THE following treatise is not designed to supersede or supplant the numerous and valuable works upon the same subject which have already been given to the public ; but, like each of them, to add something to the stock of general knowledge, and illustrate and enforce some particular points in the important science of Bee-Keeping. It has been the endeavor of the author, as far as possible, to shun all theorizing, and confine himself to a practical application of those scientific principles which experience has taught him to be the true basis of success in all laudable undertakings.

The following pages are the result of the author's personal attention to the Apiary in all its details, through a period of nearly twenty years, during which time he has spared neither time, labor nor money to supply himself with all the published writings, and a knowledge of all the practical facts pertaining to the culture of the Honey Bee. Wherefore, he hopes that his book may be received as it is intended as a reliable directory for those who wish to learn the science of Bee-Keeping, or the daily,' practical workings of the Apiary. He claims no literary merit for the work ; strictures, therefore, upon this department, can inure to the benefit of the author in but avery limited degree ; but npoe the subject matter of the work he invites the most thorough criticism.

Having been compelled to write in the midst of other absorbing labors, freedom from errors cannot be anticipated ; if, however, one of these errors should be found in a failure to give due credit to authors whose works have assisted me, I beg pardon in advance ; for I have, in all cases, intended to give such credit ; and in this connection, my sincere thanks are due to the authors of " The Honey Bee," by Betao, Quimby's "Mysteries of Bee-Keeping Explained," Langstroth's " Hive and Honey Bee," Jaeger's " Life of North American Insects," and many individuals of practical experience, for facts and information ; in the latter connection, I am especially indebted to 0. C. WHEELER, Corresponding Secretary of the California State Agricultural Society.

Hoping that the reader may find as much profit in the perusal, as the author has in the preparation of the work, it is cordially submitted to a generous public, by J. S. HARBISON.



In the absence of historical data concerning' the origin and history of the noney bee, we are compelled to rely upon well known collateral facts, and the inevitable deductions of analogy ; yet these often Constitute evidence as strong, and produce convictions as clear as the most direct and positive testimony. Should we assume that this most useful and exemplary insect was among the "Living Creatures 11 made by Deity prior to the creation of man, the following arguments come to our support, unbidden as sidereal luminaries to the relief of night clear as a vernal stream, leaping from its snowy source, down the mountain's side resistless as the ocean's swelling surges:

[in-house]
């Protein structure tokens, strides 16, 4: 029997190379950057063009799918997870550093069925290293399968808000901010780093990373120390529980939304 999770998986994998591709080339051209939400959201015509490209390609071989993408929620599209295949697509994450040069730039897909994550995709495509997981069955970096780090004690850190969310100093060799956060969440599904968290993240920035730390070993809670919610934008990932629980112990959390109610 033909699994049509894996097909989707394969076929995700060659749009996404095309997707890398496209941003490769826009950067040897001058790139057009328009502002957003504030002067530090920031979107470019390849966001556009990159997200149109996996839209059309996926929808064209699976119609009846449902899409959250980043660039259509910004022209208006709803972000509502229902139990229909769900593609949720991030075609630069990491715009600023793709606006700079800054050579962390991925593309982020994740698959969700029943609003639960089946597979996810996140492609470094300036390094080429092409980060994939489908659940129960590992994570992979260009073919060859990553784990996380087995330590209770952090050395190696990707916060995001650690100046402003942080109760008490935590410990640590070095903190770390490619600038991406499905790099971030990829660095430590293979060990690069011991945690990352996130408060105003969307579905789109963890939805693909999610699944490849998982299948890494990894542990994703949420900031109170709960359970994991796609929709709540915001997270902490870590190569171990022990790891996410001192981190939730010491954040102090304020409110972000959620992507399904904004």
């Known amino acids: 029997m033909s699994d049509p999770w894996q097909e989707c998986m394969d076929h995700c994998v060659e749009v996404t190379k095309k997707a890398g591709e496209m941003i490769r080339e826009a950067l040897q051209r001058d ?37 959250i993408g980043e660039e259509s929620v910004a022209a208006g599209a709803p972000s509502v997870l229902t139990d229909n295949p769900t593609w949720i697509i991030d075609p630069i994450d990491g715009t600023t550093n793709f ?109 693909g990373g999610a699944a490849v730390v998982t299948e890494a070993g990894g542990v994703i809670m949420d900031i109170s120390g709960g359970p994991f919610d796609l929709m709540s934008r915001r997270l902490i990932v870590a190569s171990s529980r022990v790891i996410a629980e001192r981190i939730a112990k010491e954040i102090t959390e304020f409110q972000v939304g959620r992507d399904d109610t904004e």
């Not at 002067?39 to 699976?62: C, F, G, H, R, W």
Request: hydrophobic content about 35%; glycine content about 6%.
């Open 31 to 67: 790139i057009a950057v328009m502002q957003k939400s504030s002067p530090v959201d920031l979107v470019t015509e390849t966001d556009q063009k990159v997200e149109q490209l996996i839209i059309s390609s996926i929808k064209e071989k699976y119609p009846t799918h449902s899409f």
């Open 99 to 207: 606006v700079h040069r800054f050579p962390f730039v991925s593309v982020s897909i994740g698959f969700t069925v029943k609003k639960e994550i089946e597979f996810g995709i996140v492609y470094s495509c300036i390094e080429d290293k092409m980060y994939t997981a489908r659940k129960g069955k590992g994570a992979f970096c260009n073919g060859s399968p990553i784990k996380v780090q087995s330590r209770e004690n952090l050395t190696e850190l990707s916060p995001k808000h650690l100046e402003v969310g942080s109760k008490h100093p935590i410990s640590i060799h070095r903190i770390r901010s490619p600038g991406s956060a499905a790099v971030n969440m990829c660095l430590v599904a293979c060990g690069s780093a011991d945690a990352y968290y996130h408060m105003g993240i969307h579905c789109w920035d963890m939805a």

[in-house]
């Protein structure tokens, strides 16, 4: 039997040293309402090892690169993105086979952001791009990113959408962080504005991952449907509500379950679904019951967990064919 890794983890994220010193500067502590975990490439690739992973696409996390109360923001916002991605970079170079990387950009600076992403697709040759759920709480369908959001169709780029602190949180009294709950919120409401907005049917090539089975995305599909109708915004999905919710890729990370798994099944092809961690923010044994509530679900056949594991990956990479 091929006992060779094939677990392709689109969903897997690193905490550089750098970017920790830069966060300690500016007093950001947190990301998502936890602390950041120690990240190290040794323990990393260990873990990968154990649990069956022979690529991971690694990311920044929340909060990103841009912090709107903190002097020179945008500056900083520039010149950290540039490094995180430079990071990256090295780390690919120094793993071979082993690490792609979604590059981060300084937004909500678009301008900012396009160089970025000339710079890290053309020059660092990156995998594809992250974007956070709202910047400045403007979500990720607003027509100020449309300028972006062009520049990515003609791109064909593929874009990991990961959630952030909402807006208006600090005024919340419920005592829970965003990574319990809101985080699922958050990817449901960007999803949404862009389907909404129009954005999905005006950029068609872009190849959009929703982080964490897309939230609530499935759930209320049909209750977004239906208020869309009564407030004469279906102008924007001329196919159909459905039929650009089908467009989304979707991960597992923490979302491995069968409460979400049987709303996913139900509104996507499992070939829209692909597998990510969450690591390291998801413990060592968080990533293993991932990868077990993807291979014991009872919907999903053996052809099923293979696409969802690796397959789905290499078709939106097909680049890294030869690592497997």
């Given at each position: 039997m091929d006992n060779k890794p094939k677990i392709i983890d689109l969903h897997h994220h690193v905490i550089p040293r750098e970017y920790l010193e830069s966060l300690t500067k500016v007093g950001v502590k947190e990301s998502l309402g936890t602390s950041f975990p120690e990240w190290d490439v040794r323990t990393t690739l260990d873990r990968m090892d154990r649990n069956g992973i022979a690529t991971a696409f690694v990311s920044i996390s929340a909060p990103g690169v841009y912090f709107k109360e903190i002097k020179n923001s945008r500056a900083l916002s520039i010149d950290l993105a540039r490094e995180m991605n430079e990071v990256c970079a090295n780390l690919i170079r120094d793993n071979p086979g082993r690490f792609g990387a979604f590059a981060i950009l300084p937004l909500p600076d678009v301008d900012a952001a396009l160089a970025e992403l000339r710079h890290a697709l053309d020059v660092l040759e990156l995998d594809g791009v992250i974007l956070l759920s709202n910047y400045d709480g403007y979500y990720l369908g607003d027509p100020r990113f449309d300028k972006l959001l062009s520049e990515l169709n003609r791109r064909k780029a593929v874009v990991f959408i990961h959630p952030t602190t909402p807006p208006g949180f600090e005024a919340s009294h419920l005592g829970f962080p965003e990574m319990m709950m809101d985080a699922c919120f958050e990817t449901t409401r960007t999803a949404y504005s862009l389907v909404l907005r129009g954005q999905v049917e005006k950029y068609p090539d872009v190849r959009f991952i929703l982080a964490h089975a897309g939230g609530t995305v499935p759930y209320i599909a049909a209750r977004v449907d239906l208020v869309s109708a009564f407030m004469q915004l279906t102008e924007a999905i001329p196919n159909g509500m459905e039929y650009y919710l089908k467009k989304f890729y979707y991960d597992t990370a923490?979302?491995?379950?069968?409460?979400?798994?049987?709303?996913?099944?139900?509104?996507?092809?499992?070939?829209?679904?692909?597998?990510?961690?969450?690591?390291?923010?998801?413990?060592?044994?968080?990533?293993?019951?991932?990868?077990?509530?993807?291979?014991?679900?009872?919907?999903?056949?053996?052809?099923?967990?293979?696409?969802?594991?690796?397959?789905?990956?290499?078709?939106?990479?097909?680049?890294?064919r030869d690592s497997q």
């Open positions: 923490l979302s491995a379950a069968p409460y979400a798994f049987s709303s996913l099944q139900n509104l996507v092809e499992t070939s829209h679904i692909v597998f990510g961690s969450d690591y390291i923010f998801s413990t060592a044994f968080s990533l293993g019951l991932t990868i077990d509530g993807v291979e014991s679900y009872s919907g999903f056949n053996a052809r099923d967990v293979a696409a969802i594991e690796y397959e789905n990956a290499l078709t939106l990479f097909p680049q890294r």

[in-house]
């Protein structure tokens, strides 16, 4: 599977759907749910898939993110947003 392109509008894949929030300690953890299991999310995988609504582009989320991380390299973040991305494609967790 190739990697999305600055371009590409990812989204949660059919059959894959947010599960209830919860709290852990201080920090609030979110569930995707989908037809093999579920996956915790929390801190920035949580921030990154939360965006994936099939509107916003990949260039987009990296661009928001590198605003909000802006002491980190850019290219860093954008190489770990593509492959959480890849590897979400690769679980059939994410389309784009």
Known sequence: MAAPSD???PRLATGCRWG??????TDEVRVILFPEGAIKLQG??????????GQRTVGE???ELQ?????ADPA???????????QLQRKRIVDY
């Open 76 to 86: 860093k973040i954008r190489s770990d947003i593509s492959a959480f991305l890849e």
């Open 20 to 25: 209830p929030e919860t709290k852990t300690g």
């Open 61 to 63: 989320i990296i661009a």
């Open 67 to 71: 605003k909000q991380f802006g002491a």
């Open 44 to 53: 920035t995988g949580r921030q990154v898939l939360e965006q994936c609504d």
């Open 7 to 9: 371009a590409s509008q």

1st, Otter .classes of creatures, not as important to the supply of human wants, and the .early interests of man, were certainly among the labors of the original " six days."

2d. The fact just stated, aside from their excellence, per se, proves that this insect was of sufficient importance to have been one of the very early subjects of creative genius and power.

3d. Man's primeval state very strongly called for perhaps absolutely demanded just such an article as the honey bee would produce.

4th. To have neglected to provide a creature so easy of production, so important in the scale of being, and above all, so very essential to the comfort of man, " for whom all things were made," would have been totally discordant with the well known principles of universal Divine benevolence.

5th. History testifies positively to the existence and working of the bee, within a comparatively short time after the general creation.

6th. History neither records, mentions or makes the remotest allusion to any subsequent act of creation, either of this or any other creature, save woman the "better half" of man himself.

7th. Both the laws of physiology and the principles of analogy forbid the conjecture that it may be a hybrid race, resulting from the intercommunication of some two other preceding species.

8th. There was no law, physical, moral or divine, to interfere with or to preclude such a creation, among the labors of that great fundamental " week"